This Handbook documents the main trends in current research between logic and language, including its broader influence in computer science, linguistic theory and cognitive science.
The history of the combined study of Logic and Linguistics goes back a long way, at least to the work of the scholastic philosophers in the Middle Ages. At the beginning of this century, the subject was revitalized through the pioneering efforts of Gottlob Frege, Bertrand Russell, and Polish philosophical logicians such as Kazimierz Ajdukiewicz. Around 1970, the landmark achievements of Richard Montague established a junction between state-of-the-art mathematical logic and generative linguistic theory. Over the subsequent decades, this enterprise of Montague Grammar has flourished and diversified into a number of research programs with empirical and theoretical substance.
This appears to be the first Handbook to bring logic-language interface to the fore. Both aspects of the interaction between logic and language are demonstrated in the book i.e. firstly, how logical systems are designed and modified in response to linguistic needs and secondly, how mathematical theory arises in this process and how it affects subsequent linguistic theory.
The Handbook presents concise, impartial accounts of the topics covered. Where possible, an author and a commentator have cooperated to ensure the proper breadth and technical content of the papers.
The Handbook is self-contained, and individual articles are of the highest quality.
Preface. Abbreviations of Journal Titles. List of Contributors. Part 1. Frameworks. Introduction. Montague Grammar (B.H. Partee, H.L.W. Hendriks). Categorial type logics (M. Moortgat). Representing discourse in context (J. van Eijck, H. Kamp). Situation theory (J. Seligman, L.S. Moss). GB theory: an introduction (J. Higginbotham). Game–theoretical semantics (J. Hintikka, G. Sandu). Part 2. General Topics. Introduction. Compositionality (T.M.V. Janssen with an appendix by B.H. Partee). Feature logics (W.C. Rounds). Types (R. Turner). Dynamics (R. Muskens et al.). Partiality (J.E. Fenstad). Mathematical linguistics and proof theory (W. Buszkowski). Formal learning theory (D. Osherson et al.). Nonmonotonicity in linguistics (R.H. Thomason). Part 3. Descriptive Topics. Introduction. Generalized quantifiers in linguistics and logic (E.L. Keenan, D. Westerståhl). Temporality (M. Steedman). Presupposition (D.I. Beaver). Plurals and collectivity (J.T. Lønning). Questions (J. Groenendijk, M. Stokhof). Generics and defaults (F.J. Pelletier, N. Asher). Glossary. Author Index. Subject Index.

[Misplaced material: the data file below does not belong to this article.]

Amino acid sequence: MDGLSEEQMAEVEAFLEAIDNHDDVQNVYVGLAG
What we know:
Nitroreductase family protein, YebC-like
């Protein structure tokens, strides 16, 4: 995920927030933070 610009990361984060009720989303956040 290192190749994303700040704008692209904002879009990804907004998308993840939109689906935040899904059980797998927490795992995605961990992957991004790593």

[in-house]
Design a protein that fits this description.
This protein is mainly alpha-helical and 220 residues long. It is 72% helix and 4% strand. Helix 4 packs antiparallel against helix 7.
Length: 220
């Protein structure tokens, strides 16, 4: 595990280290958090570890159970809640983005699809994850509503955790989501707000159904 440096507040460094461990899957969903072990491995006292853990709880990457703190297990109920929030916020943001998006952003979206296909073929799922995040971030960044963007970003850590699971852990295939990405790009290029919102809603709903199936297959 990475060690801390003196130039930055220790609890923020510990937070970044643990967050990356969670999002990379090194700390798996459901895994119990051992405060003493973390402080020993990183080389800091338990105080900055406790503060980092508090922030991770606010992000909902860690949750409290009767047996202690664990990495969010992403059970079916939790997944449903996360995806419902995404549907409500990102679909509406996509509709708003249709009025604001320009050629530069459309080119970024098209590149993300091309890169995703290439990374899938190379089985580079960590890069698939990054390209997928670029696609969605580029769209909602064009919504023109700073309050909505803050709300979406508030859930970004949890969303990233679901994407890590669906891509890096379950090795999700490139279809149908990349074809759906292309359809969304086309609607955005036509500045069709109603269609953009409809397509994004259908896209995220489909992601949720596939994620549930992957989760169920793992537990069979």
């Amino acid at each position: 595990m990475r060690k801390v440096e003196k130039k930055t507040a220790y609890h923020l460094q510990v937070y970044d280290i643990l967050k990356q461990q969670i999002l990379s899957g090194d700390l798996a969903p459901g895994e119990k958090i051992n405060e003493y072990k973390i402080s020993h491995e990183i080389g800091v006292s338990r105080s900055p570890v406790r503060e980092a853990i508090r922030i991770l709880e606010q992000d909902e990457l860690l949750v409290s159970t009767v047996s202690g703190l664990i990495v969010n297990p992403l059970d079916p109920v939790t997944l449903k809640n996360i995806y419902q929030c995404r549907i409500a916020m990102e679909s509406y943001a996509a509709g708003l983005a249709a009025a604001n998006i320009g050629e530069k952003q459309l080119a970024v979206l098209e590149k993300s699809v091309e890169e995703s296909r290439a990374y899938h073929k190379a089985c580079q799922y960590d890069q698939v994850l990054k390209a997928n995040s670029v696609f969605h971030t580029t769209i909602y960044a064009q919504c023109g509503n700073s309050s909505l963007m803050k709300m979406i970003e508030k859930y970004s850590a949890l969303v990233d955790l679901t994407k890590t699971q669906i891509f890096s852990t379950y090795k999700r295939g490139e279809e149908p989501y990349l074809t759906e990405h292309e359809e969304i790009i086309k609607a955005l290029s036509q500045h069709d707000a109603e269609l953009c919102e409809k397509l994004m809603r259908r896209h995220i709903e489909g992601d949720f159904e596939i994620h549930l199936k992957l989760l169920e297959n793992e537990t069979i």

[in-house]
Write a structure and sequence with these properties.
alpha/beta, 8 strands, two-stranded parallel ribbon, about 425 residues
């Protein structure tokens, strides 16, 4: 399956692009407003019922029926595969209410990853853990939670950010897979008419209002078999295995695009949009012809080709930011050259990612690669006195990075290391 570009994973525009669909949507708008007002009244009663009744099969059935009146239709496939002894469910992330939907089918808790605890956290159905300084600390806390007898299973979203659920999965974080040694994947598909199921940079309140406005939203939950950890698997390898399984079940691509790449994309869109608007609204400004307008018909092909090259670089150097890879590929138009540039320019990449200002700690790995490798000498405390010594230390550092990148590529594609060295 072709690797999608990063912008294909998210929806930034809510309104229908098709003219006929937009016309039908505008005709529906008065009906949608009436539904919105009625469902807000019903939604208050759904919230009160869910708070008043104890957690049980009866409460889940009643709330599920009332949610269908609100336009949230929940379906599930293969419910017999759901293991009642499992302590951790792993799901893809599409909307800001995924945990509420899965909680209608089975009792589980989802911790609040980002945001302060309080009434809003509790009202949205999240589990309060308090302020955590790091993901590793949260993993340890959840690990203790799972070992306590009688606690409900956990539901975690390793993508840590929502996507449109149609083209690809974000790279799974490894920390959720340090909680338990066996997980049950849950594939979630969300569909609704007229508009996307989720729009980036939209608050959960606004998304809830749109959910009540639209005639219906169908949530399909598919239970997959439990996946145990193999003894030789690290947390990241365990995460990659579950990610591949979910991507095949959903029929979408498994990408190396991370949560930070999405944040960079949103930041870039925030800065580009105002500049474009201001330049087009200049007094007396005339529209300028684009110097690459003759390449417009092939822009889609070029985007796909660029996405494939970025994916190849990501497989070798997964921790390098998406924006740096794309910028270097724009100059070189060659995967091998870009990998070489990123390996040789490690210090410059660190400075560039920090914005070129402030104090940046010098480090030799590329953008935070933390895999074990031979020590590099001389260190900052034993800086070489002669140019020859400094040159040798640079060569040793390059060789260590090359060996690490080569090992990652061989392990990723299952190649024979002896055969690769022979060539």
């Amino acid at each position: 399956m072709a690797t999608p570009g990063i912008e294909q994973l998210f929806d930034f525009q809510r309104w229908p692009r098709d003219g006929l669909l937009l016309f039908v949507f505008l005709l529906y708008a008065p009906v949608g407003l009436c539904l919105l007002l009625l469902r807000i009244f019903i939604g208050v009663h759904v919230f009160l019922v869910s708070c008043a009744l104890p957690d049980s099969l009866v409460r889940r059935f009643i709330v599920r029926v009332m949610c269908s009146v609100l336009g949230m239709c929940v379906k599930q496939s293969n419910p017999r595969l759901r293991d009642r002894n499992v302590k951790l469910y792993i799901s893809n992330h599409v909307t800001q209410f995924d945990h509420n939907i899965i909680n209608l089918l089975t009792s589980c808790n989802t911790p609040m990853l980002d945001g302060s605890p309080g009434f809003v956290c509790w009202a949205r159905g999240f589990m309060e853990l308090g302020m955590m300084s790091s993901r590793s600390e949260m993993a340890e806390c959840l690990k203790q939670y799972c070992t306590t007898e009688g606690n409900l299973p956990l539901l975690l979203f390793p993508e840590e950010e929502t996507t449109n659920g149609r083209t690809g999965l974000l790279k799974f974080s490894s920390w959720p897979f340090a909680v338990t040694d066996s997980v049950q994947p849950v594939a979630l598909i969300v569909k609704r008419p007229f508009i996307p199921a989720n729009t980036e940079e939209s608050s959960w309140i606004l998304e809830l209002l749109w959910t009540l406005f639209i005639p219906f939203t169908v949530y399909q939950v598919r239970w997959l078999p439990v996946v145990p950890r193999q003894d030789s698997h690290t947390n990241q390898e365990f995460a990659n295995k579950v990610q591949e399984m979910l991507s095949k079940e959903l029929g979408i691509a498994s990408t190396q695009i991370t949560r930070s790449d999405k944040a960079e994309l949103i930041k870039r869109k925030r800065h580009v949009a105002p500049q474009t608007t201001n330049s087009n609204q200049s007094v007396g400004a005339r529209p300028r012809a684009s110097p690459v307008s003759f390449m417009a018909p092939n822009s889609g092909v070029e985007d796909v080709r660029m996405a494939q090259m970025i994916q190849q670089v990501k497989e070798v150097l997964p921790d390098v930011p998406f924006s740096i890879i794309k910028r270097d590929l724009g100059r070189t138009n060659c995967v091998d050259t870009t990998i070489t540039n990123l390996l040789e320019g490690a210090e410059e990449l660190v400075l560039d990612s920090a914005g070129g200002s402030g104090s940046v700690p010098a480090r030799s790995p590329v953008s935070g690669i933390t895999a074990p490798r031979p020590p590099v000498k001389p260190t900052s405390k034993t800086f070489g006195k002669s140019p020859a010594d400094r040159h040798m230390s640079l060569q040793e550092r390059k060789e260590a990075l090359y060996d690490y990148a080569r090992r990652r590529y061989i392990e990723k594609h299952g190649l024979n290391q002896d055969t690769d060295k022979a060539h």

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- © North Holland 1997
- 11th December 1996
- North Holland
- eBook ISBN:
- Hardcover ISBN:
Johan van Benthem is Professor of Logic at the University of Amsterdam (Department of Mathematics and Computer Science) as well as at Stanford University (Bonsall visiting chair, Department of Philosophy). His research interests include modal and dynamic logic, type-theoretic semantics, and proof-theoretic grammars.
Address: Department of Mathematics and Computer Science, University of Amsterdam, Plantage Muidergracht 24, 1018 TV Amsterdam, The Netherlands. E-mail:
University of Amsterdam, Institute for Logic, Language and Computation, Amsterdam, The Netherlands
Alice ter Meulen is Professor of Philosophy and of Linguistics at Indiana University, Bloomington. Her research interest is in the interface of logic, language and metaphysics, and has been concerned with mass and amount terms in Montague grammar, and the semantics of tense and aspect in a dynamic system and its interaction with pronominal reference.
Address: Indiana University, Department of Philosophy, Sycamore Hall 026, Bloomington, IN 47405, USA. E-mail:
Indiana University, Department of Philosophy, Bloomington, IN, USA
@qu:...This handbook is an extremely successful attempt at a state of the art summary of the interdisciplinary field which centers around the intersection of logic and linguistics.
...this makes the book into an indispensable compendium for anyone working with language. @source:The Prague Bulletin of Mathematical Linguistics